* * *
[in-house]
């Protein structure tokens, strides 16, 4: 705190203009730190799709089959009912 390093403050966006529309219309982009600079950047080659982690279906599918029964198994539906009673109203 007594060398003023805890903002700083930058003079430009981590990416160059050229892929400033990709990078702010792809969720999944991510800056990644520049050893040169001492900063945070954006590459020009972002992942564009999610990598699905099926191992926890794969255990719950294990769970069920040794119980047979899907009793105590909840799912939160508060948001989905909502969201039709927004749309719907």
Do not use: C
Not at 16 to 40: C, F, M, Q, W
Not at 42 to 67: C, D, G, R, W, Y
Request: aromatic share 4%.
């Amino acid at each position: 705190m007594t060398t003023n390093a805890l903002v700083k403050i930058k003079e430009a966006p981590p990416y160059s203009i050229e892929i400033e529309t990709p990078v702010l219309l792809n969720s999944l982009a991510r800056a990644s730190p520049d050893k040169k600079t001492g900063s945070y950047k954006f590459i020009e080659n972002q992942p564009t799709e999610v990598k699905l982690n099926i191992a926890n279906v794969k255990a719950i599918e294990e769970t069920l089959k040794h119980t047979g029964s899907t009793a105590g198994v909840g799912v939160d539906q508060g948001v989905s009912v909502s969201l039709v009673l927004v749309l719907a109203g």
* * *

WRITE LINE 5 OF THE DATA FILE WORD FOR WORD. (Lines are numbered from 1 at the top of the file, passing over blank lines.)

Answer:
Not at 42 to 67: C, D, G, R, W, Y